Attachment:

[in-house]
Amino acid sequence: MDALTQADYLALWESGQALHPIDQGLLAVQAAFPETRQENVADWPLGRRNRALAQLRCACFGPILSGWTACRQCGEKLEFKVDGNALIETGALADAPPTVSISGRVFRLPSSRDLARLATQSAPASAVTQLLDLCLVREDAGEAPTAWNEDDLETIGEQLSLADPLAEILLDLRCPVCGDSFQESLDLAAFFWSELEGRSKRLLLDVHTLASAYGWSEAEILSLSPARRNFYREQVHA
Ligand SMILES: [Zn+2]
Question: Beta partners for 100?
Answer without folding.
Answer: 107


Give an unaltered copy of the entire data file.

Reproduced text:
[in-house]
Amino acid sequence: MDALTQADYLALWESGQALHPIDQGLLAVQAAFPETRQENVADWPLGRRNRALAQLRCACFGPILSGWTACRQCGEKLEFKVDGNALIETGALADAPPTVSISGRVFRLPSSRDLARLATQSAPASAVTQLLDLCLVREDAGEAPTAWNEDDLETIGEQLSLADPLAEILLDLRCPVCGDSFQESLDLAAFFWSELEGRSKRLLLDVHTLASAYGWSEAEILSLSPARRNFYREQVHA
Ligand SMILES: [Zn+2]
Question: Beta partners for 100?
Answer without folding.
Answer: 107